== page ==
Make or buy?

Companies such as GE took the bold step to build their own digital platforms, with the acquisition of PREDIX and subsequent multi-billion-dollar roll-out. GE’s vision was to create digital supply chains and vertical platforms for the entire engineering sector. Subsequent failure may well be due to timing rather than intent. Marks & Spencer withdrew its online retail business from Amazon’s web platform when the Board realised a possible commercial conflict of interest at the retail level.

With mature and extensive platforms such as Amazon’s AWS, Microsoft’s AZURE, and EQUINIX’s Data Exchange, businesses have adequate choice to select capabilities and resources from a growing number of ‘utility’ operators. However, they need to recognise that today’s platform vendor may be tomorrow’s competitor in a ‘winner takes all’ environment.

How will technology affect platform developments?

Cloud has been the driving force to enable the development of global platforms such as AZURE, AWS, FORCE.COM. With the recent explosion of data and its growing importance as a business asset, new tools are emerging such as cognitive computing, machine learning and artificial intelligence. These are set to become universal capabilities resident in all modern platforms.

Blockchain presents one of the more intriguing possibilities for future developments. It has the potential to disrupt traditional platforms in areas such as banking and government by providing a more secure way of encoding and exchanging information. Already sectors such as Insurance and Healthcare are investigating its broader application.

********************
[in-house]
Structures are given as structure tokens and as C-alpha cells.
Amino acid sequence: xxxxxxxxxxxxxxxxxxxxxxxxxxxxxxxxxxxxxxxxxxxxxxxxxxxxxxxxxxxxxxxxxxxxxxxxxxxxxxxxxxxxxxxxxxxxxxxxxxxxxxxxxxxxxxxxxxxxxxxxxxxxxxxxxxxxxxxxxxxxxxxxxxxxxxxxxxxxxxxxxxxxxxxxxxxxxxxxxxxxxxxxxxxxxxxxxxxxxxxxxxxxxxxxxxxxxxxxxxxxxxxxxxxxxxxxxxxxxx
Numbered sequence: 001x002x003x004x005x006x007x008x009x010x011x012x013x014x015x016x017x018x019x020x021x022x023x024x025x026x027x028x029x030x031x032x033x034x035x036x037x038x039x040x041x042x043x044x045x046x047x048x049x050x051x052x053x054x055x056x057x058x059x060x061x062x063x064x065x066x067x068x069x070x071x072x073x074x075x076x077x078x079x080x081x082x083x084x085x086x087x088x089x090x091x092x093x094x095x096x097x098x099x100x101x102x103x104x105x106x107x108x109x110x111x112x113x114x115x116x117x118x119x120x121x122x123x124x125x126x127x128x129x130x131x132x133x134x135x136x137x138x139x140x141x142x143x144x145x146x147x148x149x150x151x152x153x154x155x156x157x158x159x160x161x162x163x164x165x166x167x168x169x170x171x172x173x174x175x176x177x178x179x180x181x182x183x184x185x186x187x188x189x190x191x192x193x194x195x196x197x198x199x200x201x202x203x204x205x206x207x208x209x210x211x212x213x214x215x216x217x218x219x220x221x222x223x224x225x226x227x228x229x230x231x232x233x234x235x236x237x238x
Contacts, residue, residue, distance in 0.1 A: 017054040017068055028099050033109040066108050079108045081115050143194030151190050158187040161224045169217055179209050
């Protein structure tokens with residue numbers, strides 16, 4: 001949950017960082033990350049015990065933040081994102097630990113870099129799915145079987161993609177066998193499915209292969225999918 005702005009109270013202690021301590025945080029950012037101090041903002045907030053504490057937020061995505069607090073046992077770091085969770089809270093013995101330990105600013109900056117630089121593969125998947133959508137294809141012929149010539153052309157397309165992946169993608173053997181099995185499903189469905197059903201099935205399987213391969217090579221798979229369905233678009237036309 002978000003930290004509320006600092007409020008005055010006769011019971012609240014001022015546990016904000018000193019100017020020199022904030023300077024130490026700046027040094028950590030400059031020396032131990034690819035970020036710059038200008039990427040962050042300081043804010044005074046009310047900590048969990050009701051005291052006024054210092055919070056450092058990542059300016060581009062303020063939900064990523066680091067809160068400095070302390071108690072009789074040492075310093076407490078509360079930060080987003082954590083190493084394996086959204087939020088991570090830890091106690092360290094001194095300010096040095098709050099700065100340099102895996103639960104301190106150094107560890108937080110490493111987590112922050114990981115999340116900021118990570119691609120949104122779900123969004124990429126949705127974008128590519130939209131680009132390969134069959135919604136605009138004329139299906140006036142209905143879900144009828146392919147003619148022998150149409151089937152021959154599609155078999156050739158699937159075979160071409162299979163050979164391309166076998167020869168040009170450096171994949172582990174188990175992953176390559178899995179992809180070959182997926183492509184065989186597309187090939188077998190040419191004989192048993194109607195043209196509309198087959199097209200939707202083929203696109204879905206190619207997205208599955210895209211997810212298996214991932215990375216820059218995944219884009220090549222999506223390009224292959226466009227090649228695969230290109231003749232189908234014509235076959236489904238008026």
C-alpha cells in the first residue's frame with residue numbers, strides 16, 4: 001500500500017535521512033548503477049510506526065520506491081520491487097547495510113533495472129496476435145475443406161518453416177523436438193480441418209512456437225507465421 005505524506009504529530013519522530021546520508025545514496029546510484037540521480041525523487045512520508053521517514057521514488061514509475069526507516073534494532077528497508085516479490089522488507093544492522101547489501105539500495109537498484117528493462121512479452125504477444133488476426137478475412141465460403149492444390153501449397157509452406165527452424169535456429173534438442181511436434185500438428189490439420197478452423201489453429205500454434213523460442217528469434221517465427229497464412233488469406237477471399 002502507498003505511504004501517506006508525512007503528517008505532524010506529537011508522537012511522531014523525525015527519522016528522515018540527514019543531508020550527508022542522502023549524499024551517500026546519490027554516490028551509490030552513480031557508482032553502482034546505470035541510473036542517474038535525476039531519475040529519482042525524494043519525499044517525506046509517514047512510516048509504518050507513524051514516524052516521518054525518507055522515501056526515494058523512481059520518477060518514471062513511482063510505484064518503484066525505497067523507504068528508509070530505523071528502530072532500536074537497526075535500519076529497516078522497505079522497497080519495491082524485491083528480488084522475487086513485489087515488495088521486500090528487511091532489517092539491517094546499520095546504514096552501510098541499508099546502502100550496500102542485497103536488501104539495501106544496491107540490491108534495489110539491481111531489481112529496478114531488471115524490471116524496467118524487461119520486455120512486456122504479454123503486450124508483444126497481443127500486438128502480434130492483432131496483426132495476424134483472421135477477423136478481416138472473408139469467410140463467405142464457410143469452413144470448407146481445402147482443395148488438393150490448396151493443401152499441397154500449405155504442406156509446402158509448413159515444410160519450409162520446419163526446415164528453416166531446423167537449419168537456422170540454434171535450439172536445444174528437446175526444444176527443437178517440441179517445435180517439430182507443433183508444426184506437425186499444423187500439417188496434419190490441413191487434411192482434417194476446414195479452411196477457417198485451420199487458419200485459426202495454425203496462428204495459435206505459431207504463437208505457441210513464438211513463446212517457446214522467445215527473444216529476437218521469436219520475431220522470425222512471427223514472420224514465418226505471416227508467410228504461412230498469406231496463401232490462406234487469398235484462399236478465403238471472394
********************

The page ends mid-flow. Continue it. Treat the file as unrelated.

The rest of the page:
What should we tell the Board?

The first misconception to clear up is that Platforms are restricted purely to the technical domain. For digital leaders, the platform is the foundation stone on which business success is based. It is an integral component of the new operating model.

Boards need to incorporate platform thinking into their business strategies as they take on the digital giants and entrepreneurial newcomers. Whether a platform is developed internally or acquired from an external partner is a tactical decision that may evolve over time – as in the case of Marks & Spencer.

The future of the IT function itself may well rest on becoming a source of ‘products’ or ‘micro-services’ that serve the various needs of the business units. In such cases, the supporting platform such as AWS or AZURE will be a key component of tomorrow’s IT infrastructure.